The Publications Advisory Committee, which helps to guide and plan for the development of the Society’s journal, Teaching & Learning Inquiry, is pleased to announce the selection of three associate editors: Stephen Bloch-Schulman, Lucy Mercer-Mapstone, and Kelly Schrum. You will find a brief biographical note from each of them below.
The role of the associate editor is new to TLI, reflecting an expansion of its editorial model in response to growing interest in the journal, corresponding demands on the editorial team, an intention to build a sustainable editorial structure, and the journal’s commitment to supporting the professional development of SoTL colleagues around the world.
The call for applications yielded a strong pool: multiple candidates with a range of experience in editing and the scholarship of teaching and learning. Given the strengths of the candidates, we looked then for an international representation, a range of disciplinary backgrounds, and distinctive strengths that can support ISSOTL’s aspirations for TLI going forward. The appointment is for three years, beginning immediately.
The three individuals now taking on these vital positions will play overlapping roles in shepherding submissions through the process—the fundamental and ongoing work of the journal. Additionally, each will also take responsibility for specific areas of growth for the journal. Our new associate editors bring impressive vision and passion to their work in the scholarship of teaching and learning. We are very excited to have them on the team that will take TLI to its next level.
I am an Associate Professor and Chair of the Department of Philosophy at Elon University, in Elon, North Carolina (U.S.A.) and work at the intersection of political philosophy–and democratic theory, more specifically–and the scholarship of teaching and learning. I have served on the boards of TLI (since its founding), Partnerships: A Journal of Service Learning and Civic Engagement (since 2012), and College Teaching (2012-2016). I have published in TLI, Teaching Philosophy and the Journal of Speculative Philosophy, often focusing on philosophic methods in SoTL and teaching, the causes of the underrepresentation of students from marginalized groups within philosophy, and student-faculty partnerships.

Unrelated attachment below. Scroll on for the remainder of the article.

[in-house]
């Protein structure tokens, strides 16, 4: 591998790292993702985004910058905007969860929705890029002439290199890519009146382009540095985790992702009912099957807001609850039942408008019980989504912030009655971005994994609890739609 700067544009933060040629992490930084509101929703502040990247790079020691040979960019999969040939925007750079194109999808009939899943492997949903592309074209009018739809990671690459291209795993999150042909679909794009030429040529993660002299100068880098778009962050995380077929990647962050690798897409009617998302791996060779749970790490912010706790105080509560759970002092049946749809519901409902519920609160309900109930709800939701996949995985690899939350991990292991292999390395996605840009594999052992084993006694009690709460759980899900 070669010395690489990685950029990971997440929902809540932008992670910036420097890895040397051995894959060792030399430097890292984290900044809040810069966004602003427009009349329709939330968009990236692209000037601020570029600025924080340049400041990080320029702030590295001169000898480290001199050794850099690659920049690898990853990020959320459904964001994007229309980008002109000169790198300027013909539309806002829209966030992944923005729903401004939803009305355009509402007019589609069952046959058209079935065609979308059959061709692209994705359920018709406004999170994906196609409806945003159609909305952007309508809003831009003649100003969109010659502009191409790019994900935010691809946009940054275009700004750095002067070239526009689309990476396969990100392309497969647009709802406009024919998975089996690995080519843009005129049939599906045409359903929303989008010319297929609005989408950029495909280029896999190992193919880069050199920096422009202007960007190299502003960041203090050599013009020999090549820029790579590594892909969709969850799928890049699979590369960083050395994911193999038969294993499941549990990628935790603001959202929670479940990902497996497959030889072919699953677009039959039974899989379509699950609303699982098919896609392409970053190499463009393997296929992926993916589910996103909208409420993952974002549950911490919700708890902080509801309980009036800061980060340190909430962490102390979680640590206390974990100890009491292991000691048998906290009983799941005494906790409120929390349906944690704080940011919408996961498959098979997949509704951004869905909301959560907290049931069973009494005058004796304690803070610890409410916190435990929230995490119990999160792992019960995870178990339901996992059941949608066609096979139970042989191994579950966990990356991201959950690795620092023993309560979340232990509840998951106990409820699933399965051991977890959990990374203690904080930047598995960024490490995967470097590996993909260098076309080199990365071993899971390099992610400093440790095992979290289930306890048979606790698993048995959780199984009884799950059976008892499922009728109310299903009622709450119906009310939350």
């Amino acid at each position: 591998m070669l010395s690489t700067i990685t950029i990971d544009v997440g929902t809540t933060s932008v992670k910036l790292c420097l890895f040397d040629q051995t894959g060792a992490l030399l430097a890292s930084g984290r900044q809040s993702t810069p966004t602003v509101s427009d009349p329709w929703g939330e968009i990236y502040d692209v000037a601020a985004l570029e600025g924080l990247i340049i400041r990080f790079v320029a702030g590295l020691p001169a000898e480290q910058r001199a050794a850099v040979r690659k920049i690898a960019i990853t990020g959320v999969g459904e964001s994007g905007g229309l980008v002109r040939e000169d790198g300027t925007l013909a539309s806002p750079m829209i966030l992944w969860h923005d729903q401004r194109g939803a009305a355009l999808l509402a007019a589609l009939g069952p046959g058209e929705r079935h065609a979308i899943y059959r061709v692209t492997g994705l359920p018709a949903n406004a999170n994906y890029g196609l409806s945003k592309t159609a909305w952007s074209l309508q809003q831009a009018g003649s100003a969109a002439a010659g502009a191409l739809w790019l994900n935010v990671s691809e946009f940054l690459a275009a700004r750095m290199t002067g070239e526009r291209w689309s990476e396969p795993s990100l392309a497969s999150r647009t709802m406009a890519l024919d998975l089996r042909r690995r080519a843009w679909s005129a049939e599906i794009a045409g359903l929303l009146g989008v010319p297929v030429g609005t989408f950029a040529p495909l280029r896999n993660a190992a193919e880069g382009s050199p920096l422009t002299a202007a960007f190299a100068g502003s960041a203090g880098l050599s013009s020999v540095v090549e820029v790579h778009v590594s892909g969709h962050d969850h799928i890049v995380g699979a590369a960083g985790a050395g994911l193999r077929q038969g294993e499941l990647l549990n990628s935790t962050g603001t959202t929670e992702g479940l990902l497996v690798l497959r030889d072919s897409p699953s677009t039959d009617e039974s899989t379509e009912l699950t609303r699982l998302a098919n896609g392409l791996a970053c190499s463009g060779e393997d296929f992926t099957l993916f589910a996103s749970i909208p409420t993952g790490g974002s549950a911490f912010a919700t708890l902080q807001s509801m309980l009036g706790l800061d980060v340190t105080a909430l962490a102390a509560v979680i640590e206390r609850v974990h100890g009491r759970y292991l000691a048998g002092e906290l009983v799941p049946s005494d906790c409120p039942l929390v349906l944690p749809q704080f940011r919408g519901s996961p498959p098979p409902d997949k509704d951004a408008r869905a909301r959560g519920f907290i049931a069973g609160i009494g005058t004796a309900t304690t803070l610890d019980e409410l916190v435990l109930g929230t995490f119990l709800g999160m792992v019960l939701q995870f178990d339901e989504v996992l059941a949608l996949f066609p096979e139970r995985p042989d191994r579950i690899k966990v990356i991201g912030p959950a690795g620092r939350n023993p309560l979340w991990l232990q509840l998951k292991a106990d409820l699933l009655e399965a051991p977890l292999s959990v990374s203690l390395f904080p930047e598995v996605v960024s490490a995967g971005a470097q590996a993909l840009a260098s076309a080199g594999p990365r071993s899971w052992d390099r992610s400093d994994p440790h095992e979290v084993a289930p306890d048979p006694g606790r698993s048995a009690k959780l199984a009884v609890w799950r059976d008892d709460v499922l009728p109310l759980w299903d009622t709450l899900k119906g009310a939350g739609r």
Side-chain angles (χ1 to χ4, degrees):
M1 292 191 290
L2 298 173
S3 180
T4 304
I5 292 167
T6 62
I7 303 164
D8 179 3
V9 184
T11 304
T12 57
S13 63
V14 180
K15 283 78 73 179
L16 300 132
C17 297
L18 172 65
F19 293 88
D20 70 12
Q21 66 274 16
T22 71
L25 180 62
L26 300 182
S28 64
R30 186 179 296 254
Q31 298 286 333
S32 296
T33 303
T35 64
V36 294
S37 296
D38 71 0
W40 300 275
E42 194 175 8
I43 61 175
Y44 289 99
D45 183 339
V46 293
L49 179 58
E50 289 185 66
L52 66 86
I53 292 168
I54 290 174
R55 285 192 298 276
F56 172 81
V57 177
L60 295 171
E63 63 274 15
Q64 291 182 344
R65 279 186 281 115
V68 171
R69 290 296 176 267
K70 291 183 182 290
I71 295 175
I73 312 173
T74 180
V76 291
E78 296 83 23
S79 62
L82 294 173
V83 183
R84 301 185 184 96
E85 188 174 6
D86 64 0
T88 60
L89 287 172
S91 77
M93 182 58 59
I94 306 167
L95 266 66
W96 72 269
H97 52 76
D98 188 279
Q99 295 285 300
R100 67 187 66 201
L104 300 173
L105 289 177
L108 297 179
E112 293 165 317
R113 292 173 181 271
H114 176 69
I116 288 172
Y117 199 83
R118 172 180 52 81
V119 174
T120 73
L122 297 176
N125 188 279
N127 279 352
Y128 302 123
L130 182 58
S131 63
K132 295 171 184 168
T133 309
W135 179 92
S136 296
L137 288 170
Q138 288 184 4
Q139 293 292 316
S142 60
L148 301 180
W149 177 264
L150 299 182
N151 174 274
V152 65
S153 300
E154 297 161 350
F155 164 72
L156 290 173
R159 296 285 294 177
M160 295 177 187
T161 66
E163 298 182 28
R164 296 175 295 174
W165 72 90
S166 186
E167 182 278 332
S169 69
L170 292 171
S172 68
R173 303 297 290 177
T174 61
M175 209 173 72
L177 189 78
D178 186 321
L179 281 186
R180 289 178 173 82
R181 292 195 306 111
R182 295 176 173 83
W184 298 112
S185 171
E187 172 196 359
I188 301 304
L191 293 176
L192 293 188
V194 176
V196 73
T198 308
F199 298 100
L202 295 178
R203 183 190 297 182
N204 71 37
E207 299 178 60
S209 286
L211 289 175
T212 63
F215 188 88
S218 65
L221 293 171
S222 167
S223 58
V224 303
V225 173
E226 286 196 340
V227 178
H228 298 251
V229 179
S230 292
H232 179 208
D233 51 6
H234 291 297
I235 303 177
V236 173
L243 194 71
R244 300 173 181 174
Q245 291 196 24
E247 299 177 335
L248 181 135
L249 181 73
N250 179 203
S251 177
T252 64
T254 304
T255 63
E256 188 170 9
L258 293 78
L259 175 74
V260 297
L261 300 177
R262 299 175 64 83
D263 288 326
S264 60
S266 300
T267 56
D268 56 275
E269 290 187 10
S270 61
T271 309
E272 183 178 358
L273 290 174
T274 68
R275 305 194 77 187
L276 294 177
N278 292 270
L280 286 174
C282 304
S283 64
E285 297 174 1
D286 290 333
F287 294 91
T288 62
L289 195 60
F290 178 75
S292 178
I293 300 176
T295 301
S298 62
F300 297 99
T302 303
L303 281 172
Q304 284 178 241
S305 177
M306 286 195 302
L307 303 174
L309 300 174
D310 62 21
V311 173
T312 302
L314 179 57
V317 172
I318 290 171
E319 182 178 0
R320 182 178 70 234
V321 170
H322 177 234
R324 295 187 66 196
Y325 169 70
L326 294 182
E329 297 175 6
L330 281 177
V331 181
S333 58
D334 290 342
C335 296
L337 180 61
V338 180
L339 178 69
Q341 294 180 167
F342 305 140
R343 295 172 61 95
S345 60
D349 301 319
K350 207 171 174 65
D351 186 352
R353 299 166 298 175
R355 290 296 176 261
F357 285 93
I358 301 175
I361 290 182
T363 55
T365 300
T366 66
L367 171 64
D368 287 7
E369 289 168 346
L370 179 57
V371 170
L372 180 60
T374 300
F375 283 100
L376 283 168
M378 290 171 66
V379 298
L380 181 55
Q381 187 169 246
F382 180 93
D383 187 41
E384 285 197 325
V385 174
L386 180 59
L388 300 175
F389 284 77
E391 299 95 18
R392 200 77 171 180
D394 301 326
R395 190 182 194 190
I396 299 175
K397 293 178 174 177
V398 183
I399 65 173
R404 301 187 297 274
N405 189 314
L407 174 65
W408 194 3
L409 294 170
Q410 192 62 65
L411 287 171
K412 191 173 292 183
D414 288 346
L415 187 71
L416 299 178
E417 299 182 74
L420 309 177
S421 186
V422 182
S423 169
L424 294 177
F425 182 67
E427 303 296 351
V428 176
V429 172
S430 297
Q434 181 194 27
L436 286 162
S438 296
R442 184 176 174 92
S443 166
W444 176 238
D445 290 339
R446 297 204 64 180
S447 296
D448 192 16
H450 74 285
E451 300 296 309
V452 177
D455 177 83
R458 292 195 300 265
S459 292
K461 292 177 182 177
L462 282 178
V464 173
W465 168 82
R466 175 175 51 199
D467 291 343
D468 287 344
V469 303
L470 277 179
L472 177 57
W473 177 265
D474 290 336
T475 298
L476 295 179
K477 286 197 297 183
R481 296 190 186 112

As I was asked to focus on supporting peer reviewers, I will add that I gain great joy from reviewing, seeing it as a chance to help scholars develop their ideas as others have helped me. I very much try to review as, what Elizabeth Minnich calls, a “thinking friend” and see doing so as a way to build a community of scholars, both diverse and often in disagreement and with common causes that bring them together. I thus see reviewing, as I do with teaching, as a way to learn about and further democratic values and goals, as a way to think carefully about thinking with others and the nature of valuable and generative conversation.
I am an Endeavour Research Fellow at the Institute for Academic Development, University of Edinburgh. In March 2019, I will begin a new role as Lecturer in Higher Education Learning Design at the University of Technology Sydney. My research in teaching and learning spans international contexts and areas, including student engagement through partnership, equity and inclusion of underserved students, academic development, scholarship of teaching and learning, science education, and development of graduate attributes. I have been an inaugural co-editor of the International Journal for Students as Partners and a member of an ISSOTL International Collaborative Writing Group. I am currently a co-chair for the ISSOTL Student Engagement Special Interest Group and publish in a wide range of higher education journals.
As associate editor, I have been asked to take on leadership for TLI’s international outreach, focusing on soliciting submissions, especially from underrepresented regions, and increasing the visibility of TLI in international networks. I take a relationship-centred approach to my research and practice and I look forward to inviting, nurturing, and sustaining relationships and networks with the journal’s new and existing authors, readers, and reviewers. Amplifying voices from underrepresented backgrounds has always been a passion of mine and I greatly look forward to building inclusion and diversity as a strength of TLI in the future.
I am an associate professor in the Higher Education Program at George Mason University in Fairfax, Virginia (U.S.A). My research and teaching focus on the scholarship of teaching and learning and on teaching and learning in the digital age, including hybrid and online learning environments and scholarly digital storytelling. A historian by training, I have directed more than 60 digital humanities and digital teaching and learning projects with funding from federal and state agencies and foundations. Recent publications include articles on scholarly digital storytelling and on collaboration and inquiry-based learning in hybrid and online settings. I am currently researching teaching and learning with scholarly digital storytelling in higher education.
I am honored to join TLI as an associate editor with the goal of cultivating and expanding TLI’s digital capacity, including reviewing digital publications and content focused on SOTL in the digital age. I am eager to explore new digital formats and to support digital SOTL work throughout the publication process. This is a strong and growing area, as demonstrated by the many presentations at the 2018 ISSOTL conference on digital resources and teaching and learning in blended and online environments.